18

In a RPC communication protocol, after the invocation of a method I'm sending "done" messages back to the caller. Since the methods are invoked in a concurrent fashion, the buffer containing the response (a std::string) needs to be protected by a mutex. What I'm trying to achieve is the following:

void connection::send_response()
{
    // block until previous response is sent
    std::unique_lock<std::mutex> locker(response_mutex_);

    // prepare response
    response_ = "foo";

    // send response back to caller. move the unique_lock into the binder
    // to keep the mutex locked until asio is done sending.
    asio::async_write(stream_,
                      asio::const_buffers_1(response_.data(), response_.size()),
                      std::bind(&connection::response_sent, shared_from_this(),
                                _1, _2, std::move(locker))
                      );
}

void connection::response_sent(const boost::system::error_code& err, std::size_t len)
{
    if (err) handle_error(err);
    // the mutex is unlocked when the binder is destroyed
}

However, this fails to compile, since boost::asio requires handlers to be CopyConstructible.

The problem can be worked around (albeit not very elegantly) by using the following shared locker class instead of unique_lock:

template <typename Mutex>
class shared_lock
{
public:
    shared_lock(Mutex& m)
    : p_(&m, std::mem_fn(&Mutex::unlock))
    { m.lock(); }

private:
    std::shared_ptr<Mutex> p_;
};

What is the reasoning behind boost::asio not allowing move-only handlers?

5
  • 2
    it's probably because it's older than C++11 and they didn't have the time/attention to fix it. See whether it is the case in the most recent boost and, if it is, file a bug! – Massa Jun 20 '13 at 10:31
  • 1
    Hi Márton ;) At a first glance I would guess it's merely because it hasn't been updated for C++11 yet, like many other boost libraries. Sad state of affairs :( – R. Martinho Fernandes Jun 20 '13 at 10:32
  • 1
    what compiler and which version of boost? Later versions of Boost.Asio indeed support movable handlers. – Sam Miller Jun 20 '13 at 14:38
  • @SamMiller: I use the Clang that comes with Apple's newest Xcode (4.6.2) and Boost 1.53. The very page you link to states the following: "However, handler types are still required to be copy constructible." This is exactly my question: why? – marton78 Jun 24 '13 at 10:36
  • 2
    @Massa I've filed a bug, here it is for reference: svn.boost.org/trac/boost/ticket/8714 – marton78 Jun 24 '13 at 10:38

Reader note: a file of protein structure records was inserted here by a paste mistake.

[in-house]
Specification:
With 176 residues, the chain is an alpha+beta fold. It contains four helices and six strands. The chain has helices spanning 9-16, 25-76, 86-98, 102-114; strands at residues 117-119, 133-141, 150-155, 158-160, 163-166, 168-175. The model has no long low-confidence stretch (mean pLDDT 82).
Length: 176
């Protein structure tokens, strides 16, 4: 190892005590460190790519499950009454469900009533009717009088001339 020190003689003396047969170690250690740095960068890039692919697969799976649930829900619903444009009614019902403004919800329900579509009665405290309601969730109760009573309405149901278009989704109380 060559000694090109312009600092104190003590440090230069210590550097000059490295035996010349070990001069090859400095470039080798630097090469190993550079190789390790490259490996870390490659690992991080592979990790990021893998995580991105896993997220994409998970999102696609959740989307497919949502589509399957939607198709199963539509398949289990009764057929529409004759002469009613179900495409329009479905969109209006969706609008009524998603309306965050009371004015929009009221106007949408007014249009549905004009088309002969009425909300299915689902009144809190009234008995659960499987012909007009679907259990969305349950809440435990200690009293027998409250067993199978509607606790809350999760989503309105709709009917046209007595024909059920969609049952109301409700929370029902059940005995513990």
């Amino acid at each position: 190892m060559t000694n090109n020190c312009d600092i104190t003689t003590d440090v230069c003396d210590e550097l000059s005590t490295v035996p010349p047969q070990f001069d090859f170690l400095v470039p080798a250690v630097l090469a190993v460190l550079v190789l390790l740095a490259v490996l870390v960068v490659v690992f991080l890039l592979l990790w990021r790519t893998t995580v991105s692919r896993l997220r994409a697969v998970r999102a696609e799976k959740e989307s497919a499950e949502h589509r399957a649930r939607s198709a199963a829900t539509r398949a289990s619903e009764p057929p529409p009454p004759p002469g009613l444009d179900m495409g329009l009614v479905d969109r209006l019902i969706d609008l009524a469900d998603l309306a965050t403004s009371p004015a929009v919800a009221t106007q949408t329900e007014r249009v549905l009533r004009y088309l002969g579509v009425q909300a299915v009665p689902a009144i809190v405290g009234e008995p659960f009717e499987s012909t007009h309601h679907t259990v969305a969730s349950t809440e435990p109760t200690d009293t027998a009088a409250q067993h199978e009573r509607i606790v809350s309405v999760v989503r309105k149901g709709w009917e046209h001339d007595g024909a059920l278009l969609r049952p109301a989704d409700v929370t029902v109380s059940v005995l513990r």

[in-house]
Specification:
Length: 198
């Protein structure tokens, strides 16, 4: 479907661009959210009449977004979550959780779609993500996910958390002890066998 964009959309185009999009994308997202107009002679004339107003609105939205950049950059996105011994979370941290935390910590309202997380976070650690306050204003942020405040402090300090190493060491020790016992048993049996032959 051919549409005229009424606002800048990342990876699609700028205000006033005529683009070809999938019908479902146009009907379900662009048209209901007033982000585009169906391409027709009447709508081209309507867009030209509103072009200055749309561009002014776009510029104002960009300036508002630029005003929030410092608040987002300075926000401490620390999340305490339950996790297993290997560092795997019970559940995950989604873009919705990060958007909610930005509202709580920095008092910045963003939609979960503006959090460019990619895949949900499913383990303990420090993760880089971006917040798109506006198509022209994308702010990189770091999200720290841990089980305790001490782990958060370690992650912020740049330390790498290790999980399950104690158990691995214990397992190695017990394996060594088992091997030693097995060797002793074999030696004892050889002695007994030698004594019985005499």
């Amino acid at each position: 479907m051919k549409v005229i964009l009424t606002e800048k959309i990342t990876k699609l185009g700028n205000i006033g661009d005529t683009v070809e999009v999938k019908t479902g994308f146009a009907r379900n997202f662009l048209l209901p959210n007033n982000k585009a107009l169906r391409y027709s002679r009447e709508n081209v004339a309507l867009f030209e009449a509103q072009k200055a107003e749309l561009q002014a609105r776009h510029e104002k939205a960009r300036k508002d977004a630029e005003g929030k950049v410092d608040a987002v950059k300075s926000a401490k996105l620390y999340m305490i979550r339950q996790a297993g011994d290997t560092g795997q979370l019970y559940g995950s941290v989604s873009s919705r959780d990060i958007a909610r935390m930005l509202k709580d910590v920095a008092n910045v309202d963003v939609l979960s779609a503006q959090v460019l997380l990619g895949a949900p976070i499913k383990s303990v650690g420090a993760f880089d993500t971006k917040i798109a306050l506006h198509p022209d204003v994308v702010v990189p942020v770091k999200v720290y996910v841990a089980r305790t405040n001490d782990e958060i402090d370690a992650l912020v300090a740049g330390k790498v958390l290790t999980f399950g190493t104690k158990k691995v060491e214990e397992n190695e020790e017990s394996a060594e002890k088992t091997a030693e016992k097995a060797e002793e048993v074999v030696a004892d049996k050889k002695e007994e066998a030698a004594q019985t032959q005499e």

13

Until Chris Kohlhoff responds to the bug I've filed, here's a simple workaround:

template <typename F>
struct move_wrapper : F
{
    move_wrapper(F&& f) : F(std::move(f)) {}

    move_wrapper(move_wrapper&&) = default;
    move_wrapper& operator=(move_wrapper&&) = default;

    move_wrapper(const move_wrapper&);
    move_wrapper& operator=(const move_wrapper&);
};

template <typename T>
auto move_handler(T&& t) -> move_wrapper<typename std::decay<T>::type>
{
    return std::move(t);
}

The wrapper declares a copy constructor, tricking asio's machinery into submission, but never defines it, so that copying would result in a linking error.

Now one can finally do this:

std::packaged_task<int()> pt([] {
    std::this_thread::sleep_for(std::chrono::seconds(1));
    return 42;
});
std::future<int> fu = pt.get_future();

boost::asio::io_service io;
io.post(move_handler(pt));
std::thread(&boost::asio::io_service::run, &io).detach();

int result = fu.get();
assert(result == 42);
2
  • Is there any update on a structural fix for this in Boost? If not, can you post a reference to an open defect? – rustyx Feb 7 '16 at 15:36
  • 2
    look here and here – marton78 Feb 7 '16 at 15:41
2

Here's a simpler workaround:

shared_ptr<mutex> lock(mutex & m)
{
    m.lock();
    return shared_ptr<mutex>(&m, mem_fn(&mutex::unlock));
}

No need to write custom wrappers.

Referring to Smart Pointer Programming Techniques you can even use:

class shared_lock    {
private:    
    shared_ptr<void> pv;    
public:    
    template<class Mutex> explicit shared_lock(Mutex & m): pv((m.lock(), &m), mem_fn(&Mutex::unlock)) {}
};

shared_lock can now be used as:

shared_lock lock(m);

Note that shared_lock is not templated on the mutex type, thanks to shared_ptr<void>'s ability to hide type information.

It potentially costs more, but it has some thing going for it too (the receiver can take shared_lock and you could pass it an upgradable, shared, unique lock, scope_guard, of basically any BasicLockable or "better"

3
  • True, this is shorter than my original shared_lock wrapper, albeit with more overhead, just as you wrote. Still, the best solution is IMHO to just pretend that your handler is copyable by declaring the copy constructor and the copy assignment operator. Since asio never actually uses them, linking succeeds. – marton78 Jan 30 '15 at 14:56
  • In either version, if the shared_ptr constructor throws (e.g. std::bad_alloc, because of the control block allocation), the mutex will not be unlocked. It would be better to use a unique_lock. I'd like to move that directly into the Deleter, but stupidly and pointlessly, Deleters must be CopyConstructible, so instead: std::unique_lock<Mutex> l(m); shared_ptr<Mutex> result{&m, mem_fun(&Mutex::unlock)}; l.release(); return result; – Arne Vogel May 11 '15 at 12:06
  • @ArneVogel There is no allocation. Look at it? Also in your sketch you're doing the same but you unlock the mutex before returning. Did you miss the point of the question entirely? – sehe May 11 '15 at 12:16

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